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Estate Planning

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1. Boilerplate trust clauses  

BY Patricia M. Annino, J.D., LL.M.
Many clients sign estate planning documents without paying much attention to the clauses they contain. One clause that few clients pay attention to is the one governing how that client’s incapacity could be determined—and therefore how the client could be removed from serving as a fiduciary or trustee.

2. Avoiding the squeeze: Trusts, estates, and the new ATRA tax regime   CPEDirect

BY Robert S. Barnett, Esq., CPA, and Elizabeth Forspan, Esq.
Trusts and estates are recognized as separate taxable entities for federal income tax purposes. The estate or trust must file a return on Form 1041, U.S. Income Tax Return for Estates and Trusts, on or before the 15th day of the fourth month following the close of the tax year if it has gross income of $600 or more.

3. New portability rules: A cure for incomplete estate planning   CPEDirect

BY Jerome A. Deener, Esq.
Many CPAs are involved in representing estates of decedents who died in 2011 and 2012. In dealing with such estates, it is important to focus on the new Code provisions allowing portability of the decedent’s unused lifetime gift and estate exclusion amount to the surviving spouse. A failure to do so can result in the loss of a significant estate and gift tax benefit for the surviving spouse that could easily be overlooked.

4. The 10 most powerful postmortem planning pointers for trusts and estates  

BY Karen S. Cohen, CPA
After a client passes away, there is much more to do than just prepare a final Form 1040, U.S. Individual Income Tax Return. Taking control of the postmortem planning process can be a powerful way to save tax dollars for the decedent’s estate and family. Postmortem planning also applies to Form 706, United States Estate (and Generation-Skipping Transfer) Tax Return; state death tax returns, if needed; and income tax returns for the estate and any revocable trusts set up during life.

5. Estate Planning Action Steps  

BY Martin M. Shenkman, Esq., CPA/PFS
CPAs should play a more significant role than they often do in facilitating, implementing and monitoring client estate plans. National Estate Planning Awareness Week, Oct. 17–23, is an ideal time to encourage clients to address planning. To download a sample client letter on estate planning, click here.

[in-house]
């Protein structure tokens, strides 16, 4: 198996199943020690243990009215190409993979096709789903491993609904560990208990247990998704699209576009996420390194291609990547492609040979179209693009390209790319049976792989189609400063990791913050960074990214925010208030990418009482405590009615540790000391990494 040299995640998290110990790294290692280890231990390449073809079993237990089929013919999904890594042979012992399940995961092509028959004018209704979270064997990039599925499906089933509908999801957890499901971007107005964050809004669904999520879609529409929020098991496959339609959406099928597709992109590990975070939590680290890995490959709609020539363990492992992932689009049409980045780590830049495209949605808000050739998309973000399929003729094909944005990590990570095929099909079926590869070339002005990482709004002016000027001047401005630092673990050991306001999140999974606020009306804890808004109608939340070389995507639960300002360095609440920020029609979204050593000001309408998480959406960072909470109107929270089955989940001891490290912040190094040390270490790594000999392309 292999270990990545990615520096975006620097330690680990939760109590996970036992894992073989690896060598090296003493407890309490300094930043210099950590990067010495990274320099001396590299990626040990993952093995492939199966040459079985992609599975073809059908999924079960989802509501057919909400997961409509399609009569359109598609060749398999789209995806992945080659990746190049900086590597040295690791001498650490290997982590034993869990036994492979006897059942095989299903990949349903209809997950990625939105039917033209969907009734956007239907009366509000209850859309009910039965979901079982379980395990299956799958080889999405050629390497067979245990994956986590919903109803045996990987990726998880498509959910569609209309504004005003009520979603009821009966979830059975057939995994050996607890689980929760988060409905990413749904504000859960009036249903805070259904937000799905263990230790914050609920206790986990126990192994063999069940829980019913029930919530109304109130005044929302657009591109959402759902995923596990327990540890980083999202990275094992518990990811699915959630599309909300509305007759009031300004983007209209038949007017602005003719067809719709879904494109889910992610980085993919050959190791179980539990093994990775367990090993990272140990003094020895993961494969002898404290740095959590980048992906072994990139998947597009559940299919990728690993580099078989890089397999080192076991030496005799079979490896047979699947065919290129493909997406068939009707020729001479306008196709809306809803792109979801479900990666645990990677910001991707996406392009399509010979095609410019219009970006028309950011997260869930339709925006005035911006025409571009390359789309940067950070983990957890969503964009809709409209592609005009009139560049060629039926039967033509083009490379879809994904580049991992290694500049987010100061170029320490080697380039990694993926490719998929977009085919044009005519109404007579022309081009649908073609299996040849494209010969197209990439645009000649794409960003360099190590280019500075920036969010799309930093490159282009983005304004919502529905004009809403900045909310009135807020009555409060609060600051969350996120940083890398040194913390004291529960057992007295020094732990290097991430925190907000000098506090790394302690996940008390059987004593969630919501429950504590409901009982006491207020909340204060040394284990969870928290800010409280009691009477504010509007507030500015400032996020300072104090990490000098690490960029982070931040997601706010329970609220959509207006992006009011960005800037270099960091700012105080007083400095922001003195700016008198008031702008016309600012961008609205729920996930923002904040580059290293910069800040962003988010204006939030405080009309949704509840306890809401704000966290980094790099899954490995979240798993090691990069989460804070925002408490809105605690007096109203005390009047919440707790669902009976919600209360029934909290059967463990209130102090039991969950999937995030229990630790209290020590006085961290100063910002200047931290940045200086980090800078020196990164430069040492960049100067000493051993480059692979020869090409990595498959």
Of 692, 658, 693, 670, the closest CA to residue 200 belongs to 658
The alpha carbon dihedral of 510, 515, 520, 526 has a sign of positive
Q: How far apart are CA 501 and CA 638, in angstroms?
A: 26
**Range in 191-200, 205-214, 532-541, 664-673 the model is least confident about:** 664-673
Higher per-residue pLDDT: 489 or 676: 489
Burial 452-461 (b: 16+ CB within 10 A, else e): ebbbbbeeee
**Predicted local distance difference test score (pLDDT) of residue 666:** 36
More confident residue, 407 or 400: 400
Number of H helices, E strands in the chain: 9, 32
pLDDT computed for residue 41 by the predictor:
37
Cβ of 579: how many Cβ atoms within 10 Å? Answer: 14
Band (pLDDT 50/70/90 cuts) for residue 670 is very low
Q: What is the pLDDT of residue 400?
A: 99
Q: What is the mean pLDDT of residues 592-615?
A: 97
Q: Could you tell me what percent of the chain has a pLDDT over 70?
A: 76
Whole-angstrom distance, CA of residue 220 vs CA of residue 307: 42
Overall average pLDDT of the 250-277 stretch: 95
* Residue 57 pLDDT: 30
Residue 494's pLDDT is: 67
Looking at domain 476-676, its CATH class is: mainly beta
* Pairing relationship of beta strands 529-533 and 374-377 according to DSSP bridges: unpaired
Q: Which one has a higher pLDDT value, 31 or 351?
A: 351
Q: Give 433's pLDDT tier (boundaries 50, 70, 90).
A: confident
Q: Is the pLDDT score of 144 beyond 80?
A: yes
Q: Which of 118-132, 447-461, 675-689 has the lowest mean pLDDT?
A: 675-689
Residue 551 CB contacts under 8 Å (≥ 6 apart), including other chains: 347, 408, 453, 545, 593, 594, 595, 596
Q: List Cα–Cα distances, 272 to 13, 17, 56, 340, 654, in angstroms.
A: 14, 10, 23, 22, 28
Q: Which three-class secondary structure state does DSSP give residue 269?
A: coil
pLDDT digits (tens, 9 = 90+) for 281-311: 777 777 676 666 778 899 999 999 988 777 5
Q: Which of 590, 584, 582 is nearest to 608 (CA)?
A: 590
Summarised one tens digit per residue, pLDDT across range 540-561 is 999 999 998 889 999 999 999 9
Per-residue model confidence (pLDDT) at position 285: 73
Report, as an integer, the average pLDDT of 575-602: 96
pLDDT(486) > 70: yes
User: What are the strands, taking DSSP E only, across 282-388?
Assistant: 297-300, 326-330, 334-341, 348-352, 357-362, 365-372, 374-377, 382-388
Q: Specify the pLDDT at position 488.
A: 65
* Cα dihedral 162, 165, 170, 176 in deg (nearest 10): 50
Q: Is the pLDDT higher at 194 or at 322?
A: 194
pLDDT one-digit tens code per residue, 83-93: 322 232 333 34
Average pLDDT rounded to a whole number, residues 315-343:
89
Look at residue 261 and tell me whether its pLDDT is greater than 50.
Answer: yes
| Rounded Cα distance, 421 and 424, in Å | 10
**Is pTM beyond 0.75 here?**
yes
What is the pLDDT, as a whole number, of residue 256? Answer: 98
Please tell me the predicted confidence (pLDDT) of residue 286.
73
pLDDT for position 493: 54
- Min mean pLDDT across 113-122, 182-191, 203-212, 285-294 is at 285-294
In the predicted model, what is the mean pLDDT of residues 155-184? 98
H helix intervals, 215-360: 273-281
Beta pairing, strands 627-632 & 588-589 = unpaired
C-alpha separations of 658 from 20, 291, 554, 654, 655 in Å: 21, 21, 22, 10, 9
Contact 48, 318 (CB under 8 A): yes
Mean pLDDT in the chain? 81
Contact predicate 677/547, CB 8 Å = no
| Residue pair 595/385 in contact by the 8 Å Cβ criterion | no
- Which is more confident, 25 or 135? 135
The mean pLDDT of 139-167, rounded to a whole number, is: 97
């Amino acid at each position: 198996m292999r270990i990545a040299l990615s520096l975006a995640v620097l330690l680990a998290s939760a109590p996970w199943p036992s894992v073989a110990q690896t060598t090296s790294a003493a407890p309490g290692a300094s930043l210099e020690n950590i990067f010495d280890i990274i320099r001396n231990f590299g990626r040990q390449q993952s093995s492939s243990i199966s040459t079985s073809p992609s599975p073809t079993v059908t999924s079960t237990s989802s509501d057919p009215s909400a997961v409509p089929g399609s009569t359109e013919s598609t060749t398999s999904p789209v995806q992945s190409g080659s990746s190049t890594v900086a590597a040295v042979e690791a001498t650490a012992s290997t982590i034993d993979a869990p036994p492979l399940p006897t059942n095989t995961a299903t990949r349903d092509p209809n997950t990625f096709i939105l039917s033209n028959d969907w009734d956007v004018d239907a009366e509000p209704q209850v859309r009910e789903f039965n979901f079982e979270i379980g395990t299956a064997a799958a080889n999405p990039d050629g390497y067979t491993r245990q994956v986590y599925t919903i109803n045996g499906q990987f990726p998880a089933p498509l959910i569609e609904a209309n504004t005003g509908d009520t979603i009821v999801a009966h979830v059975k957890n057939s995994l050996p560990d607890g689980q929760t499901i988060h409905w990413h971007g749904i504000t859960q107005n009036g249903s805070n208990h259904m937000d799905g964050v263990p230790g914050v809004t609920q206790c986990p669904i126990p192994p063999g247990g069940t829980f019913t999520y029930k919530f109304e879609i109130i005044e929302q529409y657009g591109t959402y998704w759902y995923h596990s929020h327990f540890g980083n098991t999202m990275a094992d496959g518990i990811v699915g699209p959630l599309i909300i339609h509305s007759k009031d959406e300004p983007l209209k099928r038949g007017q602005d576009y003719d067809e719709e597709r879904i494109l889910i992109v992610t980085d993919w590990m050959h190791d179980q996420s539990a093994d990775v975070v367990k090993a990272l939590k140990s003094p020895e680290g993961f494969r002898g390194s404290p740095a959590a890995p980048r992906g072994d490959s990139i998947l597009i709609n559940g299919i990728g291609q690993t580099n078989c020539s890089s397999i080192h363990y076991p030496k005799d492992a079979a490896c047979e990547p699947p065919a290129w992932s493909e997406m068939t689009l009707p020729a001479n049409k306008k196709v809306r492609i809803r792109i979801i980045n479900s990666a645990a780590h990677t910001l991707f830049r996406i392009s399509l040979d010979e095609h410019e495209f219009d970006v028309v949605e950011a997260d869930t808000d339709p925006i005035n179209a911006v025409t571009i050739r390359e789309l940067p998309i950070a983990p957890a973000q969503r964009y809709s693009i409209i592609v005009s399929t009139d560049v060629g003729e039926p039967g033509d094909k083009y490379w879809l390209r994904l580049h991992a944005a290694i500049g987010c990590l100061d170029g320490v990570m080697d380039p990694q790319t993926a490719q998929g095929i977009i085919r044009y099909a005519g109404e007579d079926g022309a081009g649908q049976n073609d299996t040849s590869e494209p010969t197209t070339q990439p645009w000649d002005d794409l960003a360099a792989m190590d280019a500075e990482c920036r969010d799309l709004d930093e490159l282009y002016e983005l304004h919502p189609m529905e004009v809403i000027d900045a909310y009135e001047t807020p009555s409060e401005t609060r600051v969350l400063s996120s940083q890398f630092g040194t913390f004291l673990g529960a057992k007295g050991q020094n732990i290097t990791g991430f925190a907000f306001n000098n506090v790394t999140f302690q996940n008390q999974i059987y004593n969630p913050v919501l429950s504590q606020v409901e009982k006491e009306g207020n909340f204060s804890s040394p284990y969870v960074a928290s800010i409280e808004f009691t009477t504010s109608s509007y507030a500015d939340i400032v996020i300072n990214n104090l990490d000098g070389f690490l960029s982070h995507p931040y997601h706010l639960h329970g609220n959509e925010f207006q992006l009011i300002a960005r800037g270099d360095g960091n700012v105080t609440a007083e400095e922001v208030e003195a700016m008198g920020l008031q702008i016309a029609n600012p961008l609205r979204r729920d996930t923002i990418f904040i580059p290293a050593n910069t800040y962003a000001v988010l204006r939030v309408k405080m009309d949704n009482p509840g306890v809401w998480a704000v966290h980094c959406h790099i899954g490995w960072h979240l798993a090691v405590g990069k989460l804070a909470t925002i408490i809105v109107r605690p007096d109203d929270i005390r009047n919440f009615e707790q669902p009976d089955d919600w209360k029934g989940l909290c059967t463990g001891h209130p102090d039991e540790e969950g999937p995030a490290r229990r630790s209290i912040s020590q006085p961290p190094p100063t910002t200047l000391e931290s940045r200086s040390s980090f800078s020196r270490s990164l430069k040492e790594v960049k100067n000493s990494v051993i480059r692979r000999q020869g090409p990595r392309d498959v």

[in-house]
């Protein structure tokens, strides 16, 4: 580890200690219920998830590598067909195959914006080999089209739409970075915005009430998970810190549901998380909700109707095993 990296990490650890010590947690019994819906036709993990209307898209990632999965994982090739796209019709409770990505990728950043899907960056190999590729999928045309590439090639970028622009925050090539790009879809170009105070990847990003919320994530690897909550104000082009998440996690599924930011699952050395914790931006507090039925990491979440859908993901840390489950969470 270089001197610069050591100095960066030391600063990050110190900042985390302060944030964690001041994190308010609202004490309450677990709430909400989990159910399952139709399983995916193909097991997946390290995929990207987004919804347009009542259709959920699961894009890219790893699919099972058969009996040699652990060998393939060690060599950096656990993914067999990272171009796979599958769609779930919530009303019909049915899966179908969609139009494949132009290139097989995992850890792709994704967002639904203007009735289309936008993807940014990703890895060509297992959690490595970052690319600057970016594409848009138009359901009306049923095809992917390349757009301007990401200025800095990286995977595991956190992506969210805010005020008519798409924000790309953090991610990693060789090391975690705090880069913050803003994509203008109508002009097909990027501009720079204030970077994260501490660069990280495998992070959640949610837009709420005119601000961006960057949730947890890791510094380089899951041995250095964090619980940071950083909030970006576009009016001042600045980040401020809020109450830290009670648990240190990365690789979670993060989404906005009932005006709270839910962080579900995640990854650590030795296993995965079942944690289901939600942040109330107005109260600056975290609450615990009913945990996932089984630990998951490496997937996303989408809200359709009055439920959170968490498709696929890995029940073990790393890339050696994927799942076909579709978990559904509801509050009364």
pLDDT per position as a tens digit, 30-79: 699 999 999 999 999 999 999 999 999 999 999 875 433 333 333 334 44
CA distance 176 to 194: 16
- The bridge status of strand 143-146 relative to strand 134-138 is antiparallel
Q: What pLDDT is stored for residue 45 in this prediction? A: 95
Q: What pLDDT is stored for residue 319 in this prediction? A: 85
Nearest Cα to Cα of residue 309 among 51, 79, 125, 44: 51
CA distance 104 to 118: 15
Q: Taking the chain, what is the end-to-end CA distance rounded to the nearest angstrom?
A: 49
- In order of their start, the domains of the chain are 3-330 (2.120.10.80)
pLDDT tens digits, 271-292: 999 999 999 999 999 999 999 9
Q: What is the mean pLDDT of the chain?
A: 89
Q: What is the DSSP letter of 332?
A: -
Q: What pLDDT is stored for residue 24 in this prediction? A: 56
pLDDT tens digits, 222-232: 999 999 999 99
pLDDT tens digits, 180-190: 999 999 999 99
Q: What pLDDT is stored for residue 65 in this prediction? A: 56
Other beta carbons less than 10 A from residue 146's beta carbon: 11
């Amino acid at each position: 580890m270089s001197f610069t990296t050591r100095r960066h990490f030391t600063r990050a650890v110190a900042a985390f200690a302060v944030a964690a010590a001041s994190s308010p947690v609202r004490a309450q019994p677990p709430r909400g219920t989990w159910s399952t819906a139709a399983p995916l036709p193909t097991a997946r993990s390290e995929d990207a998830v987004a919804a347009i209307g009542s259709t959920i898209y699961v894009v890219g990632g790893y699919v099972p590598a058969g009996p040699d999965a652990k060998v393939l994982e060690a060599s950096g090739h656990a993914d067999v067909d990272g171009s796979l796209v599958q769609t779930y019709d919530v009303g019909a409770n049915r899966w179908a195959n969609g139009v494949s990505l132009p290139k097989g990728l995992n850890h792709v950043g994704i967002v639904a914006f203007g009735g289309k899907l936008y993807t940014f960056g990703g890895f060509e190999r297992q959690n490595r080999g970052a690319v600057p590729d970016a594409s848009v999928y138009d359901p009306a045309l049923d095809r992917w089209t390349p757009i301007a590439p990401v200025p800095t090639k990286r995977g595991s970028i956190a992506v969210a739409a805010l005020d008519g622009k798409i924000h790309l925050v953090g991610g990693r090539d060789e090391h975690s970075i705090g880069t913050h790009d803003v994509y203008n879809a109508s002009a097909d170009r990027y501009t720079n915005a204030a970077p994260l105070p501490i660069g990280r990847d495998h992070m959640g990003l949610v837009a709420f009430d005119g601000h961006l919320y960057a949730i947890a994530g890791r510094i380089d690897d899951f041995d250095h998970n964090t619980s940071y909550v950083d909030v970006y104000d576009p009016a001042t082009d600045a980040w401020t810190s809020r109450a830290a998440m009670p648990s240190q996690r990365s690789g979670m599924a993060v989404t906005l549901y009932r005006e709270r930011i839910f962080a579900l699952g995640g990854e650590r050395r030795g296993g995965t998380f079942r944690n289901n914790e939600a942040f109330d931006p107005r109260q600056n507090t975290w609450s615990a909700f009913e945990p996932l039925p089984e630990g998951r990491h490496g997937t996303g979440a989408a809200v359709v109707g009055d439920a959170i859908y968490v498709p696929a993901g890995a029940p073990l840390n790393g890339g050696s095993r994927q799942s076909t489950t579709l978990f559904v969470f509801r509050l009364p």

6. A Sea Change for Gift and Estate Planning   CPEDirect

BY Paul Bonner
Martin Shenkman, Esq., CPA/PFS, is the author of numerous books and articles on tax and financial planning, including the AICPA-published Estate and Related Planning During Economic Turmoil, and with Steve R. Akers, Estate Planning After the Tax Relief and Job Creation Act of 2010: Tools, Tips, and Tactics.

7. Estate Tax or Carryover Basis?   CPEDirect

BY Justin P. Ransome, CPA, J.D. and Frances Schafer, J.D.
For decedents dying in 2010, Congress provided two systems of taxing estates and determining basis of their assets. Executors of those estates must determine the better course. To do so, especially for valuations of gross estates above the new $5 million exclusion, they must take many factors and considerations into account.

8. Post-Death Estate Planning Issues for 2010   CPEDirect

The Tax Relief, Unemployment Insurance Reauthorization, and Job Creation Act of 2010 (2010 Tax Relief Act) (PL 111-312) revised tax law for estates of decedents dying in 2010, 2011 or 2012. The new rules apply for 2010 unless an executor elects to use prior law. Elections for 2010 decedents can be made for at least nine months from Dec.

9. IRS Delays Due Date for Choosing Basis Allocation for Decedents Dying in 2010   WebExclusive

The IRS announced that it is delaying the due date for Form 8939, Allocation of Increase in Basis for Property Acquired From a Decedent, past its original April 18 due date, but did not announce what the new due date will be (IR-2011-33). Therefore, for decedents who died in 2010, the form does not need to be filed with a decedent’s final Form 1040.

10. New Life for Charitable Lids  

BY Wayne E. Nix, CPA, DBA, Lee G. Knight, Ph.D. and Ray A. Knight, Esq., CPA/PFS
One common estate planning technique the IRS has opposed or blocked for years is “charitable lid planning.” This technique relies on “defined value” and “value adjustment” clauses or similar provisions in wills, deeds or other transfer documents to cap the transfer taxes on estates, gifts or generation-skipping trusts at some predetermined amount.
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